It’s also become harder to get a song of substance out to the world, he said. “My approach to writing has always been: I want to say something, bring someone into the story. I want it to move someone, but it’s getting harder and harder to get those recorded,” said Mr. Doyle. “Radio is looking for uptempo songs and stuff people don’t have to think about.”

Part of the problem, he said, are companies like Clear Channel, which owns 850 radio stations and institutes formulaic playlists throughout the country. “The playlists are programmed. You’re taking away the deejay’s ability to play something that moved him,” he said.

One wonders whether “In Pictures” would even get played on the radio today. The song’s about a divorced father who’s forced to watch his little girl “grow up in pictures.”

“I’m very proud of that. That was all in summation because I didn’t have any children,” said Mr. Doyle, who visits his sister and her kids in Little Compton whenever he can. “I thought, ‘Man if those were my kids and I only got to see them one or twice a year, that would be hard.’”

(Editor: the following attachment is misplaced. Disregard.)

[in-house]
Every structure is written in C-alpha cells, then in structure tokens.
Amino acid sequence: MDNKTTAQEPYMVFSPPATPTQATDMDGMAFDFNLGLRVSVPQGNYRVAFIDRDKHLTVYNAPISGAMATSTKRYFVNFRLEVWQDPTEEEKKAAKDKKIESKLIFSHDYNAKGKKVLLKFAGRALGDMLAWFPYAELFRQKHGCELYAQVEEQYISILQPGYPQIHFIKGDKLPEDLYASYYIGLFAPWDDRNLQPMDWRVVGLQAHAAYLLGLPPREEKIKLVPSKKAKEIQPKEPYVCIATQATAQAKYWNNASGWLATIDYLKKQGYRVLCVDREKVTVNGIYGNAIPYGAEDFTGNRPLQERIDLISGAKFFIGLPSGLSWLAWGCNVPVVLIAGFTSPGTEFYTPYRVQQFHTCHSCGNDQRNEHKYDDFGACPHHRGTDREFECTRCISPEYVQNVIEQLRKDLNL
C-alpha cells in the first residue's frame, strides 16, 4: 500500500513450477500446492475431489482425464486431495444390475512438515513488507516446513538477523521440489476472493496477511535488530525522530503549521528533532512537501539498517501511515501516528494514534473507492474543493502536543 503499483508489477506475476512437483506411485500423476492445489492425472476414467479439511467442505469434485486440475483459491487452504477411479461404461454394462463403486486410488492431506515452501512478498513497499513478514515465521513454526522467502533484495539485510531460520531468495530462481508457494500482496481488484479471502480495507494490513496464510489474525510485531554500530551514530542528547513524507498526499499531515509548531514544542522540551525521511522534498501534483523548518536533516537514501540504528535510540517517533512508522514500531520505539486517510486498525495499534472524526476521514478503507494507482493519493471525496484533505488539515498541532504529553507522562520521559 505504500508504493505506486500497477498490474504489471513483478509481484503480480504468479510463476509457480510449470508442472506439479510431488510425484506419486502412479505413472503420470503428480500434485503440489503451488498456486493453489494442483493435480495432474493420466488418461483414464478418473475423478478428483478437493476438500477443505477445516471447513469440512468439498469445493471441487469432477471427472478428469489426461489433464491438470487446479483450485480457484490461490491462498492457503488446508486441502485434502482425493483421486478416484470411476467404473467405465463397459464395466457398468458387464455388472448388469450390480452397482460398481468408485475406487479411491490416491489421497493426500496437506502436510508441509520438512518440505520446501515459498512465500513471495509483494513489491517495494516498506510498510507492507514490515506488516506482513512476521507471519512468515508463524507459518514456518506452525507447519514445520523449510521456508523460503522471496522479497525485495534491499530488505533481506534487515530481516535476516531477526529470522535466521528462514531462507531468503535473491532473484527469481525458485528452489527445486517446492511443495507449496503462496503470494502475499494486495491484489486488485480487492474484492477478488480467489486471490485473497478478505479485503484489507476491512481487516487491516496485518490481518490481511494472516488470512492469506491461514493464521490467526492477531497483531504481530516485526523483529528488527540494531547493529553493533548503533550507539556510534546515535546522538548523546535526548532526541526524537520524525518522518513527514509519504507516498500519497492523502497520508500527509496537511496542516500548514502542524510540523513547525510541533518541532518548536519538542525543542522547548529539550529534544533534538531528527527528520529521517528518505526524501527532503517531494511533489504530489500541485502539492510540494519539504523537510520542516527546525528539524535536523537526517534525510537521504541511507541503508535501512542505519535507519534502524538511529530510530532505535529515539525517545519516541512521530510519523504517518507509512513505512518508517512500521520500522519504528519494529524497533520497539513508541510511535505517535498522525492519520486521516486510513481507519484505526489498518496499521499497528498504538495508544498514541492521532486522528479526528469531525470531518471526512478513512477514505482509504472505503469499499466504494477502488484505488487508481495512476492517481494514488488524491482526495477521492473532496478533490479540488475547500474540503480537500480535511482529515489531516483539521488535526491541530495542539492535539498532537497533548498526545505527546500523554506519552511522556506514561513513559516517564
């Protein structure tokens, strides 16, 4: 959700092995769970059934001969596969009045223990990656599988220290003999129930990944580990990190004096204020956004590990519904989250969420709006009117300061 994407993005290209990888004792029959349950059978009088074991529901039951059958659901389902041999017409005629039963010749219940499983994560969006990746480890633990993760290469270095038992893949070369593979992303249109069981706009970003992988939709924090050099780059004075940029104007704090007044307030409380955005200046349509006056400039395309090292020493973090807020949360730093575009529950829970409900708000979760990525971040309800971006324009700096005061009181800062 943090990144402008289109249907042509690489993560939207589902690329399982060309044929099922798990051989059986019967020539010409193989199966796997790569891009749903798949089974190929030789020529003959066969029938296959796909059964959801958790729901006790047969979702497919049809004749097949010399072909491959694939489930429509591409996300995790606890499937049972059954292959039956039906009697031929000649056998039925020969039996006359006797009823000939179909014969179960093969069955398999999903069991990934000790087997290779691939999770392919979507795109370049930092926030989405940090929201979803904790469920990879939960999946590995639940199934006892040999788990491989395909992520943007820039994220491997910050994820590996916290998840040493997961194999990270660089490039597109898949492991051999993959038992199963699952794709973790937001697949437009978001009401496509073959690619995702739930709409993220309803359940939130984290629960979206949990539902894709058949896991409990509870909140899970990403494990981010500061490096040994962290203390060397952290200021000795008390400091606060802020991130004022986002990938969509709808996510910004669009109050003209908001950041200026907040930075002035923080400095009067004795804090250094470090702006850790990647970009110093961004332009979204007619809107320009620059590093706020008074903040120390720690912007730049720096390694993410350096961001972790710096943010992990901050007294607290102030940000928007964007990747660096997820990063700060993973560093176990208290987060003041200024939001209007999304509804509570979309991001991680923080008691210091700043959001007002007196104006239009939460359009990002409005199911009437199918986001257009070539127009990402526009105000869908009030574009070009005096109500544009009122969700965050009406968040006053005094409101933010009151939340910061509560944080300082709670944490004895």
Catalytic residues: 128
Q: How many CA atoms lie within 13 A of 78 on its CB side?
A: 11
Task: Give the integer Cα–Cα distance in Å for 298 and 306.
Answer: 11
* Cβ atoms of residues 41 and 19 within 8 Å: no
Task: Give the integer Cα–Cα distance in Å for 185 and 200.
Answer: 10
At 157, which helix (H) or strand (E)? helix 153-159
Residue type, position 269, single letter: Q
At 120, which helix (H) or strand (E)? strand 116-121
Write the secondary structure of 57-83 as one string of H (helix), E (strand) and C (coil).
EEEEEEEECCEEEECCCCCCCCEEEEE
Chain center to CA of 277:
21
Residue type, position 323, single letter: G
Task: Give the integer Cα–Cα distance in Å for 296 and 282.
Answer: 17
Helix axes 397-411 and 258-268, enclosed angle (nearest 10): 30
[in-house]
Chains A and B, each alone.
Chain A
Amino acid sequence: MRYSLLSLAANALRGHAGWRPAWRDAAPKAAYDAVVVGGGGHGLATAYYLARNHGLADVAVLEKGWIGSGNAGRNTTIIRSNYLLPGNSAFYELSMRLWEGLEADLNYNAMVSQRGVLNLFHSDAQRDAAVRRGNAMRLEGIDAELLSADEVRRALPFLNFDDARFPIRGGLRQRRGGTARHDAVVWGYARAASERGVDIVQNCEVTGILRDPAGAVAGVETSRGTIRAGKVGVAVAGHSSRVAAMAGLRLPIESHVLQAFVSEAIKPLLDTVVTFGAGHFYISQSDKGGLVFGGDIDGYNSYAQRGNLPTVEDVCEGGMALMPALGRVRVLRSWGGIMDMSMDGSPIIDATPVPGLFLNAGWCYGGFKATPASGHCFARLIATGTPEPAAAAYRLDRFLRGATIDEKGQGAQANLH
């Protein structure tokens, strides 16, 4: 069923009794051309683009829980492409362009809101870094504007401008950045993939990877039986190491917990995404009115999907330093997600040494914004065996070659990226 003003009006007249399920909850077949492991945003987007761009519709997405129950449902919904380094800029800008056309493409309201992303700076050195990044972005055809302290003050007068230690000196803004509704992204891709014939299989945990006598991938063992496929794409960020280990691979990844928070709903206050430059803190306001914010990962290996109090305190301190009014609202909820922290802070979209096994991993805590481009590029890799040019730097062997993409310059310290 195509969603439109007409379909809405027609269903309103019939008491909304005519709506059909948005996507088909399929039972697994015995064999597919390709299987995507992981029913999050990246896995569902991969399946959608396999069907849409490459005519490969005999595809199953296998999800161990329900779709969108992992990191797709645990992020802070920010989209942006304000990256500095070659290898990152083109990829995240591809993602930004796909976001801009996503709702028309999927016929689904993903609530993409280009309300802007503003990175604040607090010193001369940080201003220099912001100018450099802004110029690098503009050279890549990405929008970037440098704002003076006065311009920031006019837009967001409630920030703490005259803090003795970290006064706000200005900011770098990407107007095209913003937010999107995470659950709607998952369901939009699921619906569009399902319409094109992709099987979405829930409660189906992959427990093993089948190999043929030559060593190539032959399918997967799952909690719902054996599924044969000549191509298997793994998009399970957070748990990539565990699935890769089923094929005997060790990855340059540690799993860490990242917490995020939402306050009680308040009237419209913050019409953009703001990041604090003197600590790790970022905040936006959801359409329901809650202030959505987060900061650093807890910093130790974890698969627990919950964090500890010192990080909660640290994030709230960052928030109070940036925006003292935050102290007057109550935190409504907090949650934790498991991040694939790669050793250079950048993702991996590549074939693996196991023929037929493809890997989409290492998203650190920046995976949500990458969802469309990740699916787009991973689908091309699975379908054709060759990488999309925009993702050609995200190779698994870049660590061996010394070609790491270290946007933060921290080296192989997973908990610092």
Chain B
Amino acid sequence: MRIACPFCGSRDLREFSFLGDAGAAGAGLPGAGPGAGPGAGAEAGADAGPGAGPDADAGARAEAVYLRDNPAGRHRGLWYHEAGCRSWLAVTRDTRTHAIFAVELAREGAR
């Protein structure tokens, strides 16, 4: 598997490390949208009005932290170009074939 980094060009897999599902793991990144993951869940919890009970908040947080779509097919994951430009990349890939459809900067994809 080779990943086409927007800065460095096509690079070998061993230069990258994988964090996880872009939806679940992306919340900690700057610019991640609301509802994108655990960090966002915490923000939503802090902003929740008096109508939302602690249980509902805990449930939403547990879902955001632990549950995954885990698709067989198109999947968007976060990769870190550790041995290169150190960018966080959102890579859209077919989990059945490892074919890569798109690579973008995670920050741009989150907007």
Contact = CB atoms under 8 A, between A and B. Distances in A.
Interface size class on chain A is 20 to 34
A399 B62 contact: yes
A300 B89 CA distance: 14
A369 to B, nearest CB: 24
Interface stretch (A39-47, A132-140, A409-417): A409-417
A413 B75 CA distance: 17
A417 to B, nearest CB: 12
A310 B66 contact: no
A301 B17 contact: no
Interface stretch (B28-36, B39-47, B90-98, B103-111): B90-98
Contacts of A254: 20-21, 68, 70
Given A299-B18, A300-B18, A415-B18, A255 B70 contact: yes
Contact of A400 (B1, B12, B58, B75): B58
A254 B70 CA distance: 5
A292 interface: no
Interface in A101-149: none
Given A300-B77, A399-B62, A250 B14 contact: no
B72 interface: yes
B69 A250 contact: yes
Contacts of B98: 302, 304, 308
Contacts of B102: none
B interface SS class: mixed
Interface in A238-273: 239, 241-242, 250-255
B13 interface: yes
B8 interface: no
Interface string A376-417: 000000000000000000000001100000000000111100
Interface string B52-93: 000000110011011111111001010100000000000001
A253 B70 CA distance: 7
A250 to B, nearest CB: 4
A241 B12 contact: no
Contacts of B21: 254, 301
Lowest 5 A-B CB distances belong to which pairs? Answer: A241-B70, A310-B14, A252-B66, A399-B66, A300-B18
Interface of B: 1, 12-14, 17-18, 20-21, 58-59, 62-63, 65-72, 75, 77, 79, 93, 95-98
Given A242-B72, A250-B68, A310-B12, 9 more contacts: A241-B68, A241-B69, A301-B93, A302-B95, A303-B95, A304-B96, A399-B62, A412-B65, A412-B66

The song is special to him because many people have told him that it helped to forge a relationship with their father, he said.

“Also, my dad was living in the Tampa area and he sent me an article about a judge who would sit men down before a divorce and play them ‘In Pictures.’”

Saturday at Sandywoods

Joe Doyle and Johnstone & Walcoff perform Saturday night, Nov. 10, at Sandywoods Center for the Arts, 43 Muse Way, Tiverton. Doors open at 6:30 p.m., with Johnstone & Walcoff going on at 7 p.m. before Mr. Doyle. Tickets are $8 advance, $10 at the door (advance tickets can be purchased at Coastal Roasters, 1791 Main Road, Tiverton, or at www.brownpapertickets.com/event/268984). BYOB and food is allowed.